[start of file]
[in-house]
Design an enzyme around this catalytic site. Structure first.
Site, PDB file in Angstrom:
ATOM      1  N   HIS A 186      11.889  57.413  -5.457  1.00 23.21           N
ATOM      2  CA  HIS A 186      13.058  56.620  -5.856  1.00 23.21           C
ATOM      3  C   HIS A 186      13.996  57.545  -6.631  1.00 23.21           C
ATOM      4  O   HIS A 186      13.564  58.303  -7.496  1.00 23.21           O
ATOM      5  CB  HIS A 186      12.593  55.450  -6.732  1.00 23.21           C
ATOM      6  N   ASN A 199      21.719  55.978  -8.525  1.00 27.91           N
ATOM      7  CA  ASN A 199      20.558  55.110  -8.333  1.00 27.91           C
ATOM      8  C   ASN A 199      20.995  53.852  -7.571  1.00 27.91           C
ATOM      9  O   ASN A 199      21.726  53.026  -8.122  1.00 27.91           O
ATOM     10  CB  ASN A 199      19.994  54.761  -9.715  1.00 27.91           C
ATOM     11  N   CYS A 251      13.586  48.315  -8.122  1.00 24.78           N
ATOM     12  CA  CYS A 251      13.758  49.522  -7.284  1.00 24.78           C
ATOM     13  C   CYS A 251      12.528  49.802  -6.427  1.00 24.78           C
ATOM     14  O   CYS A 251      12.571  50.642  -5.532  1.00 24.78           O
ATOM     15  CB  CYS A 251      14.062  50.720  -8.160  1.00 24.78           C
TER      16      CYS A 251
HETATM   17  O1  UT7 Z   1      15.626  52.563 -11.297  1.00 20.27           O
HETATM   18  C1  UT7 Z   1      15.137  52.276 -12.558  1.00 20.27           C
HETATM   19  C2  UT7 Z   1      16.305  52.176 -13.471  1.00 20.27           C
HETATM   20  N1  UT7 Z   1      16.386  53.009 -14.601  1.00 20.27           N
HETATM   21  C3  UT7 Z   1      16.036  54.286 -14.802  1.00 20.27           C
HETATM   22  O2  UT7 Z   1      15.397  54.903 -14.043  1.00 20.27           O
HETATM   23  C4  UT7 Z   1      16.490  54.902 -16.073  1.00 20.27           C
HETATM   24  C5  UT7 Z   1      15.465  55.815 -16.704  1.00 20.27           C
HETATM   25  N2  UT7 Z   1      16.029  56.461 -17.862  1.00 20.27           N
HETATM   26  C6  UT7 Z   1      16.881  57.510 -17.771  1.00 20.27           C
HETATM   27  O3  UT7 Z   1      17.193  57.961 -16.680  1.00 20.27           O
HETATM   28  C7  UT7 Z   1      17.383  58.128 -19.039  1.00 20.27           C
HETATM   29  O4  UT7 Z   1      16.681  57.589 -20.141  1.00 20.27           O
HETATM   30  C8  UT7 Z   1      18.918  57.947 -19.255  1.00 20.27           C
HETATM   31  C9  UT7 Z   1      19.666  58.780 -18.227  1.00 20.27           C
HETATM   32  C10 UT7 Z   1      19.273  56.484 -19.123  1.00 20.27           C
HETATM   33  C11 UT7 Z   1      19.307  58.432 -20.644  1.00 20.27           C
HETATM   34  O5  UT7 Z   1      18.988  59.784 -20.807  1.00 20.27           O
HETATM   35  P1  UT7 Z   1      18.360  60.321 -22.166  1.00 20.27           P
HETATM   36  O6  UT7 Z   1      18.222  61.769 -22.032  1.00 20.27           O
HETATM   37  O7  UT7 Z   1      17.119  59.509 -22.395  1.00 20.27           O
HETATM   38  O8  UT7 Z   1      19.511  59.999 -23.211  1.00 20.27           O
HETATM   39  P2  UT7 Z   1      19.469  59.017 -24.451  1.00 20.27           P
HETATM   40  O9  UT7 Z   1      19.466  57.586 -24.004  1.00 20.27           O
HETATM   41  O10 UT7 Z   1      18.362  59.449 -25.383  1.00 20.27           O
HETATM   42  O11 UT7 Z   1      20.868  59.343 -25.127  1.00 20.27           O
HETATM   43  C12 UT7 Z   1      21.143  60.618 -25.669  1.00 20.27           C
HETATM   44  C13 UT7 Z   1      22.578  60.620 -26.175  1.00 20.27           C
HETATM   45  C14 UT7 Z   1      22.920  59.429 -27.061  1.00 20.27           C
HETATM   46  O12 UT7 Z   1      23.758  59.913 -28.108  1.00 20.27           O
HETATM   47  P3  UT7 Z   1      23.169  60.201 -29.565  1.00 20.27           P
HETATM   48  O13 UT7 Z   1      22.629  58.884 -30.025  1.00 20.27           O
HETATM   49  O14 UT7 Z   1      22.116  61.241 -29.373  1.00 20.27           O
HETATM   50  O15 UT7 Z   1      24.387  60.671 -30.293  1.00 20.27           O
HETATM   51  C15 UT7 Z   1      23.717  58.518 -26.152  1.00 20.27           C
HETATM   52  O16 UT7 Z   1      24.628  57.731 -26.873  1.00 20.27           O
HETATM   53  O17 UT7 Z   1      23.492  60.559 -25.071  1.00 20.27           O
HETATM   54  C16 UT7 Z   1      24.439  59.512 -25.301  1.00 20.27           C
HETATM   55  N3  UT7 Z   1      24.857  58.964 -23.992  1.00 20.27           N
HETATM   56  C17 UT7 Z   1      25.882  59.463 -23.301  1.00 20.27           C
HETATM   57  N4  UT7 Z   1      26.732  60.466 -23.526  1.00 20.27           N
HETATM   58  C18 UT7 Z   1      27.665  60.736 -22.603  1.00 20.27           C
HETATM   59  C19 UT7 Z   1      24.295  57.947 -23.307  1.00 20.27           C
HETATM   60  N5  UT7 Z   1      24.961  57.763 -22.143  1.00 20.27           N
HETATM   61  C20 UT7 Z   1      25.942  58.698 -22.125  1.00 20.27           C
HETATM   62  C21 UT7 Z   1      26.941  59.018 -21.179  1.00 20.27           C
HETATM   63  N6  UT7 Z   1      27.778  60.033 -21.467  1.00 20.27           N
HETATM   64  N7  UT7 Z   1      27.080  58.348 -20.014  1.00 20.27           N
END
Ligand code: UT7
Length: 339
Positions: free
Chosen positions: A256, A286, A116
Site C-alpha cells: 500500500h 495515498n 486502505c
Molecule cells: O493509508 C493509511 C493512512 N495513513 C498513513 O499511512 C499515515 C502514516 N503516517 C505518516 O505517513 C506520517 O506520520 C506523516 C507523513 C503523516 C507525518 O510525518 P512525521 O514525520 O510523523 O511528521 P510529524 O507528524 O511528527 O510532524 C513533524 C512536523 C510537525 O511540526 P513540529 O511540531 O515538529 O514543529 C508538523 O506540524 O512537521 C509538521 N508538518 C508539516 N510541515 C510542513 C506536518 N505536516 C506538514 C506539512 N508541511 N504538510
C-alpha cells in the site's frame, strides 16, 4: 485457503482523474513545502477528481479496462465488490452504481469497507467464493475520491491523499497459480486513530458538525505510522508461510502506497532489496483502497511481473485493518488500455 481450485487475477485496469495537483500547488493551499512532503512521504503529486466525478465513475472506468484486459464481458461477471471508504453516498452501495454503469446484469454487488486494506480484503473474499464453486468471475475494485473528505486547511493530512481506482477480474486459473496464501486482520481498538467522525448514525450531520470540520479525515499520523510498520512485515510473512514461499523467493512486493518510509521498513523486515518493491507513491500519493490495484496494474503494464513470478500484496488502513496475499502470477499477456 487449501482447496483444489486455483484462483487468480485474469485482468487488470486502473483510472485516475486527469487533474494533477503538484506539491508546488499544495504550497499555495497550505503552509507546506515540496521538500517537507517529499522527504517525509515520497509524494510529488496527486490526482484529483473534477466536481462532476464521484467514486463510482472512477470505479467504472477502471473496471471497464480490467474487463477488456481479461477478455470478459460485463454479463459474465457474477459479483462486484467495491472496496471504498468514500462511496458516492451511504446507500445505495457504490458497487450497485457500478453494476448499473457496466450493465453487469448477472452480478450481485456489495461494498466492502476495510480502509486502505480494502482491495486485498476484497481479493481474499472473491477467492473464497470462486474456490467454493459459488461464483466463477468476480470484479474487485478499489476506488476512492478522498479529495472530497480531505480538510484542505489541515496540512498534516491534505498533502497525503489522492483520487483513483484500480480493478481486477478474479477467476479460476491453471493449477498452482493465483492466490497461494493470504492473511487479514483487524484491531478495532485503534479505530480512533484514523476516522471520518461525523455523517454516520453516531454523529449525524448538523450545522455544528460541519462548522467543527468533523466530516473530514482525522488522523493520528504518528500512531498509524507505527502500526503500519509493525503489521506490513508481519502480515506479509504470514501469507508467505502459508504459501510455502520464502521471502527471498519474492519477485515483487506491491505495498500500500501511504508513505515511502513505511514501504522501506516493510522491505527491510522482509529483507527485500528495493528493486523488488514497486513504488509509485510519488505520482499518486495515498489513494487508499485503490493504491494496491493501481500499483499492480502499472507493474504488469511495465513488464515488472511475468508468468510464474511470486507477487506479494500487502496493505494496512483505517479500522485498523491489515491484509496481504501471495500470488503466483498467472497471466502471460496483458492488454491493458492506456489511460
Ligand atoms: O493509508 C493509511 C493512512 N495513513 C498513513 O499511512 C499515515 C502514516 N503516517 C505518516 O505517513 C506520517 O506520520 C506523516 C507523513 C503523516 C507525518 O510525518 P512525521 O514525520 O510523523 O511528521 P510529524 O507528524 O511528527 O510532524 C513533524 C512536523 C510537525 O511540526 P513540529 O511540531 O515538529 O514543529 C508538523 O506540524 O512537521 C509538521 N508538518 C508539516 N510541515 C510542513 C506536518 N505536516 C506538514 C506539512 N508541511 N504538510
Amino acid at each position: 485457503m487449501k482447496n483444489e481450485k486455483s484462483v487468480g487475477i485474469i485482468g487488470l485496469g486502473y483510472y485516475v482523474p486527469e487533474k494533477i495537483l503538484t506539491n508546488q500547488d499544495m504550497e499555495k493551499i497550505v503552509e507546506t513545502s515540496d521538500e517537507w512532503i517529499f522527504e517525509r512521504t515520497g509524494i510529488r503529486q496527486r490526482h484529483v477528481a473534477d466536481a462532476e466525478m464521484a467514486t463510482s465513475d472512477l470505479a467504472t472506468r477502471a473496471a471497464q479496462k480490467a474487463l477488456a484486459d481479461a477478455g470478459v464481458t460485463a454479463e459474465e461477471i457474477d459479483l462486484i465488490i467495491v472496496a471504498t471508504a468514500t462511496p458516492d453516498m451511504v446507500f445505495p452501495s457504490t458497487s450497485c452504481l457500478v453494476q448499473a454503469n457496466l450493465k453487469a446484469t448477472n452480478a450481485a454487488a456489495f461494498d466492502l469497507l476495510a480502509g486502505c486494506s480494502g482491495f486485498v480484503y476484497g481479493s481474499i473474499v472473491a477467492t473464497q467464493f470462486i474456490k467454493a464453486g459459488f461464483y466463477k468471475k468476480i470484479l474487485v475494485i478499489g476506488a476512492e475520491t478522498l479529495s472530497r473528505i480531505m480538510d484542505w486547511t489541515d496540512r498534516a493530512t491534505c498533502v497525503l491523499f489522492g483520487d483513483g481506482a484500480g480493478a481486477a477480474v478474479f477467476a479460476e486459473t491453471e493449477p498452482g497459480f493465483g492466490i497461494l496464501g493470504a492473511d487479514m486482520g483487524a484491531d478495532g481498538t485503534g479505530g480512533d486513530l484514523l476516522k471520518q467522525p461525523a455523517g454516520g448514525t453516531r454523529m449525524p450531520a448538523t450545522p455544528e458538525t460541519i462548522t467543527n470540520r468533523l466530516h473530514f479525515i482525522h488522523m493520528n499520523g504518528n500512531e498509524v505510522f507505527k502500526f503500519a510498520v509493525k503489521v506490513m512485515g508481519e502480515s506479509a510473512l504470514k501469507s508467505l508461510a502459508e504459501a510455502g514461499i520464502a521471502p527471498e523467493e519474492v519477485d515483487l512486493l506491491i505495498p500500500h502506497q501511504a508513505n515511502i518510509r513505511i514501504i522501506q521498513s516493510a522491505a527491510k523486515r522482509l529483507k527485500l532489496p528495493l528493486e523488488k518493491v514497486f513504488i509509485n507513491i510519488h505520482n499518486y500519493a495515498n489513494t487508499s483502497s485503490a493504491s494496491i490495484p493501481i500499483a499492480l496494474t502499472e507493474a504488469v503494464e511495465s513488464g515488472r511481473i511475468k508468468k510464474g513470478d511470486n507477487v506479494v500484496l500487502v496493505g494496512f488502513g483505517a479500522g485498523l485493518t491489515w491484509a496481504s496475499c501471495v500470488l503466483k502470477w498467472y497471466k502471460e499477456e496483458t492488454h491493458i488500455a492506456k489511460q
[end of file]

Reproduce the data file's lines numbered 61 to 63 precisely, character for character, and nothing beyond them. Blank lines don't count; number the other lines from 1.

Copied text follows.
HETATM   58  C18 UT7 Z   1      27.665  60.736 -22.603  1.00 20.27           C
HETATM   59  C19 UT7 Z   1      24.295  57.947 -23.307  1.00 20.27           C
HETATM   60  N5  UT7 Z   1      24.961  57.763 -22.143  1.00 20.27           N